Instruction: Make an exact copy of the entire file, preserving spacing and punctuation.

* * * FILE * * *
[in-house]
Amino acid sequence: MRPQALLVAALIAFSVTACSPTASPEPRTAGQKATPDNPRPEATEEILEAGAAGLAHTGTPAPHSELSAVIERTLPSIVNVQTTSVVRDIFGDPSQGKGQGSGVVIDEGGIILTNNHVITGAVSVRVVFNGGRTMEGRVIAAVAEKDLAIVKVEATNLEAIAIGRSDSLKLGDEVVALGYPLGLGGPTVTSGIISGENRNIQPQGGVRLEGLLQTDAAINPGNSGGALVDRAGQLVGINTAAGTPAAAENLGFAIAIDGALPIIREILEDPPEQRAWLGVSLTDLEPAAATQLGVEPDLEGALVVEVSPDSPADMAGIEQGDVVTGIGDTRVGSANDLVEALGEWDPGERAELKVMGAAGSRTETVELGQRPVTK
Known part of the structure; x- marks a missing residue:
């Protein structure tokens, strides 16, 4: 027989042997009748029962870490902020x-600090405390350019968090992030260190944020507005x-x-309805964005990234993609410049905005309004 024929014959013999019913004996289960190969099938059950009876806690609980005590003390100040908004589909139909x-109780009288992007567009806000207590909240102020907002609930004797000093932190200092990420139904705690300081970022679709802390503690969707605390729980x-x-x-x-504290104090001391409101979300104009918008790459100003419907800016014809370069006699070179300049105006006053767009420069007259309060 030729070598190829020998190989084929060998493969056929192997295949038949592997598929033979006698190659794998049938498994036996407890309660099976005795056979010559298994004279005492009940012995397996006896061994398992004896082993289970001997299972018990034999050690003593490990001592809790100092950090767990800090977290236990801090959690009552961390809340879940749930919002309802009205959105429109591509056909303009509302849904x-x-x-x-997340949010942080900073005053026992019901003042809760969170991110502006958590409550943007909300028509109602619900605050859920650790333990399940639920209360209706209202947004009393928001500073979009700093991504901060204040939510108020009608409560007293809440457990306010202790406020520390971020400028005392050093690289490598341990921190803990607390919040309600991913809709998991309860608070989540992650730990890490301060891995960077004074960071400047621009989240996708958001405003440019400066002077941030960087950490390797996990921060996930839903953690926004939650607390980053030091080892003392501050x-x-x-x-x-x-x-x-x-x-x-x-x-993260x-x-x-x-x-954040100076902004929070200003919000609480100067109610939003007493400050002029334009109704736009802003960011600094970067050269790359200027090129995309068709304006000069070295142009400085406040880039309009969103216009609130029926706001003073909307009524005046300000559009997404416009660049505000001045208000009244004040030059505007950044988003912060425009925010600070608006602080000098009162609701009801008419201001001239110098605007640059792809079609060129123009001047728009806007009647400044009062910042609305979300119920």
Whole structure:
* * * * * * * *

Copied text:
[in-house]
Amino acid sequence: MRPQALLVAALIAFSVTACSPTASPEPRTAGQKATPDNPRPEATEEILEAGAAGLAHTGTPAPHSELSAVIERTLPSIVNVQTTSVVRDIFGDPSQGKGQGSGVVIDEGGIILTNNHVITGAVSVRVVFNGGRTMEGRVIAAVAEKDLAIVKVEATNLEAIAIGRSDSLKLGDEVVALGYPLGLGGPTVTSGIISGENRNIQPQGGVRLEGLLQTDAAINPGNSGGALVDRAGQLVGINTAAGTPAAAENLGFAIAIDGALPIIREILEDPPEQRAWLGVSLTDLEPAAATQLGVEPDLEGALVVEVSPDSPADMAGIEQGDVVTGIGDTRVGSANDLVEALGEWDPGERAELKVMGAAGSRTETVELGQRPVTK
Known part of the structure; x- marks a missing residue:
């Protein structure tokens, strides 16, 4: 027989042997009748029962870490902020x-600090405390350019968090992030260190944020507005x-x-309805964005990234993609410049905005309004 024929014959013999019913004996289960190969099938059950009876806690609980005590003390100040908004589909139909x-109780009288992007567009806000207590909240102020907002609930004797000093932190200092990420139904705690300081970022679709802390503690969707605390729980x-x-x-x-504290104090001391409101979300104009918008790459100003419907800016014809370069006699070179300049105006006053767009420069007259309060 030729070598190829020998190989084929060998493969056929192997295949038949592997598929033979006698190659794998049938498994036996407890309660099976005795056979010559298994004279005492009940012995397996006896061994398992004896082993289970001997299972018990034999050690003593490990001592809790100092950090767990800090977290236990801090959690009552961390809340879940749930919002309802009205959105429109591509056909303009509302849904x-x-x-x-997340949010942080900073005053026992019901003042809760969170991110502006958590409550943007909300028509109602619900605050859920650790333990399940639920209360209706209202947004009393928001500073979009700093991504901060204040939510108020009608409560007293809440457990306010202790406020520390971020400028005392050093690289490598341990921190803990607390919040309600991913809709998991309860608070989540992650730990890490301060891995960077004074960071400047621009989240996708958001405003440019400066002077941030960087950490390797996990921060996930839903953690926004939650607390980053030091080892003392501050x-x-x-x-x-x-x-x-x-x-x-x-x-993260x-x-x-x-x-954040100076902004929070200003919000609480100067109610939003007493400050002029334009109704736009802003960011600094970067050269790359200027090129995309068709304006000069070295142009400085406040880039309009969103216009609130029926706001003073909307009524005046300000559009997404416009660049505000001045208000009244004040030059505007950044988003912060425009925010600070608006602080000098009162609701009801008419201001001239110098605007640059792809079609060129123009001047728009806007009647400044009062910042609305979300119920």
Whole structure: